Muzzle devices for AR-15s are a funny thing.
Strictly speaking, anything beyond the classic A2 birdcage really isn’t that necessary. The .223/5.56 really isn’t a round that requires help with softening recoil. But yet, a lot of folks will get bent out of shape comparing muzzle device X to device Y.
While building up my first iteration of a marksmanship training rifle, I wanted to do some experimentation. After much searching around and decision making, I purchased the Precision Armament AFAB, which stands for Advanced Flash Arresting Brake.
This is the second generation of the device and replaced the now-discontinued AFAB-mini. Precision Armament revised the design using lessons learned from developing the EFAB, or Enhanced Flash Arresting Brake, which they produced after the original AFAB-mini. Most of the changes focused on better flash suppression.
Precision Armament’s M4-72 Compensator was the best performer in both of TTAG’s Muzzle Brake Shootouts, and the company has a solid grasp on muzzle device engineering. Notably, the AFAB-mini performed slightly worse in the test, but it’s not a dedicated compensator.
AFAB First Impression
The AFAB is 2.225″ long, .865″ wide, and weighs 3 ounces.
It’s made from 416 steel bar and finished with black matte ionbond. In comparison, a standard A2 flash hider is 1.75″ long, .875″ wide, weighs 2 ounces, and is made from 4140 CMV steel. The A2 retails for about $9.
The first thing I’ll say about the AFAB is that I don’t know how they are charging the price they are for it. At just slightly over $100, it’s not an inexpensive item. But the amount of machine work and polish that has gone into this thing is just flat-out impressive.
The machining on the AFAB is top notch. It is very clean, with no sharp edges or burs to be seen. There is a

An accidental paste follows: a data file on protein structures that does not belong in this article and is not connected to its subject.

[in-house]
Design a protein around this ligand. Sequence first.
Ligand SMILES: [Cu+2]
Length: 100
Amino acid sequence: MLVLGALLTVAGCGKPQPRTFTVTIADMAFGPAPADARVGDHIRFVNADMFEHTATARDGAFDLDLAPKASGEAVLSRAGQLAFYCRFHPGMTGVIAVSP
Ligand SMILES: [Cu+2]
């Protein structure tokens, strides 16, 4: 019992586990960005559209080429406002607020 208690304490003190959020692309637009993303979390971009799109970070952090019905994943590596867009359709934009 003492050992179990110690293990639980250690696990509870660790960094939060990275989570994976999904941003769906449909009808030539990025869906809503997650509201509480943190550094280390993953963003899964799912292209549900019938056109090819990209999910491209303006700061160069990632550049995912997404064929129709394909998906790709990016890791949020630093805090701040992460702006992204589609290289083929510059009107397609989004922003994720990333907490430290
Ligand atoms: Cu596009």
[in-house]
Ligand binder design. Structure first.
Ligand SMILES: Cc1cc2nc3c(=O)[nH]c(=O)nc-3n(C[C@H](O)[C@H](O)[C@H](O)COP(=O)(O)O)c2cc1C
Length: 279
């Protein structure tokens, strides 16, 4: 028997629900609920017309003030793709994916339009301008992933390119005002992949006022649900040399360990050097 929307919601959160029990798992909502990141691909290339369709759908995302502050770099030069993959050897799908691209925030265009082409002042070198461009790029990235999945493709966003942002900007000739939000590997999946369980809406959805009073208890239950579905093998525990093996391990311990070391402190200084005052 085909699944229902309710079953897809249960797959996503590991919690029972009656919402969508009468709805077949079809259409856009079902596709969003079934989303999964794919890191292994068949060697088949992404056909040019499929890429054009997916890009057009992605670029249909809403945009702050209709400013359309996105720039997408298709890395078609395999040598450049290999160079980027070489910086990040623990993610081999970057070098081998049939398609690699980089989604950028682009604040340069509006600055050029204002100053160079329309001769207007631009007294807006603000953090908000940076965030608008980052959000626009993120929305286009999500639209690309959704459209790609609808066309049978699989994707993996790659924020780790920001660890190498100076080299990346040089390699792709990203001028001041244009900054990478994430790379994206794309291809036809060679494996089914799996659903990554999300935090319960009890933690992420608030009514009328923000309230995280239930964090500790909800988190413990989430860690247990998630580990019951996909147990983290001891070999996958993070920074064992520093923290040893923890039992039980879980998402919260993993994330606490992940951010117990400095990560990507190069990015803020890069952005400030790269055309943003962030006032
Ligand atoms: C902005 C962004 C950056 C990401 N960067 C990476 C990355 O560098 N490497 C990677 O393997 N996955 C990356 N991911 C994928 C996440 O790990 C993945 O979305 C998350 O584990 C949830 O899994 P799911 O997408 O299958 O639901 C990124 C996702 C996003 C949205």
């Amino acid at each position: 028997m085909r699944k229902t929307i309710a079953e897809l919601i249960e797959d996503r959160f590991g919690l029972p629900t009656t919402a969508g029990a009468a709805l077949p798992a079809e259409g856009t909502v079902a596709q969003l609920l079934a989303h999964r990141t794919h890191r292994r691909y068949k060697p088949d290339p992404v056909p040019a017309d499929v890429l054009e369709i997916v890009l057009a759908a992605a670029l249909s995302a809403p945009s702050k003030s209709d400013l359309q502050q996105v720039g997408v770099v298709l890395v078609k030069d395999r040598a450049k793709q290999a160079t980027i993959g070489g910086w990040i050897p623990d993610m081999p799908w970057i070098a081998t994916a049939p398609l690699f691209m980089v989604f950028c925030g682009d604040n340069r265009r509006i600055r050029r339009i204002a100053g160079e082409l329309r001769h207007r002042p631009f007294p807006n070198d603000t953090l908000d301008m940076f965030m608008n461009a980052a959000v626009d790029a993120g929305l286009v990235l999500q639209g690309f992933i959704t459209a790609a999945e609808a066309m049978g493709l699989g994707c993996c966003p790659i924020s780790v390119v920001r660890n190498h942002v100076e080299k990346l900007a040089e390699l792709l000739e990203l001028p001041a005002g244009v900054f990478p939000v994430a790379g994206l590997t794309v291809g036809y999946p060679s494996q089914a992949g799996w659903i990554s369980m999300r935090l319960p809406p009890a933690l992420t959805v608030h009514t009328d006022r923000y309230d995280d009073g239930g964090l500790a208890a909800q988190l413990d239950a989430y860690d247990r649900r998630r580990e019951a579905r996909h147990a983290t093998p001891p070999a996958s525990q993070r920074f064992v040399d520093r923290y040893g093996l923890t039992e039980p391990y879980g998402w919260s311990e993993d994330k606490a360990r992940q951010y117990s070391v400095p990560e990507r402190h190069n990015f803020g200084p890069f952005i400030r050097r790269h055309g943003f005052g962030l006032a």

I often see the AFAB compared to the old Knights Armament Triple Tap, but this really comes down to similar external appearances. Both devices have a visible square pattern cut into the outside.
The KAC device is closer to the Battlecomp in that the inside of the device is hollow. The vents on the KAC device ran in lines from front to back, and the waffle pattern comes from grooves cut around the circumference of the device.
On the other hand, the AFAB’s squares are all individually cut. Each corner of a square has a circular drilled vent down to the bore of the device. The square pattern helps with some of the flash mitigation.
The very top and bottom of the device lack any vents. Vents on the top would contribute to the downward push noted in devices like the Battlecomp. Vents on the bottom would increase muzzle jump and dust signature.
On the inside of the AFAB, you’ll find a series of concentric blast chambers.
This design helps trap expanding gasses and force them out of the vent holes, better assisting with muzzle stability
The AFAB has three tines at the end much like other popular flash hiders on the market. Being a muzzle brake, I wouldn’t expect this to suppress flash as well as something like my AAC Blackout. That said, it does a comparable job to the standard A2 birdcage in field environments.
Precision Armament explicitly tells you NOT to use crush wafers when installing this device.